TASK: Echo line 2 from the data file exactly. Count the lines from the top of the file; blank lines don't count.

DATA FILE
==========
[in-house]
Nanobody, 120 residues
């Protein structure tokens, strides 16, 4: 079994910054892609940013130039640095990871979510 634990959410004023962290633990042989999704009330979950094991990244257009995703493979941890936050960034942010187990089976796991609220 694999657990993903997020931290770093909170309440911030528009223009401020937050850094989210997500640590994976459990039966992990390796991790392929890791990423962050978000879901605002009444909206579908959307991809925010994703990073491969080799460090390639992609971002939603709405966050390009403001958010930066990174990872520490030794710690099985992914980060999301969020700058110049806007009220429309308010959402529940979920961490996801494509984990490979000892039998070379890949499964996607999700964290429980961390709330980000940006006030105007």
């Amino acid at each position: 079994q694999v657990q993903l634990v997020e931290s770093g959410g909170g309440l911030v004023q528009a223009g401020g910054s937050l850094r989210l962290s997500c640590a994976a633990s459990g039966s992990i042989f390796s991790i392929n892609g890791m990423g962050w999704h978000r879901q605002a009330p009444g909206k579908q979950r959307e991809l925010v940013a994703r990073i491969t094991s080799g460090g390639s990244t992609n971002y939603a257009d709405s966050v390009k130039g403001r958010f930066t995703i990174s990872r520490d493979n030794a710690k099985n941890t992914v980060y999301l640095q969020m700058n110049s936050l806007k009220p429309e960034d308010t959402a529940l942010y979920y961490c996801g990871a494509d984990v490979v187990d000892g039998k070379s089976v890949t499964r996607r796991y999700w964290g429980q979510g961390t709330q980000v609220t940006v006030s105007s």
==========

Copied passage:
Nanobody, 120 residues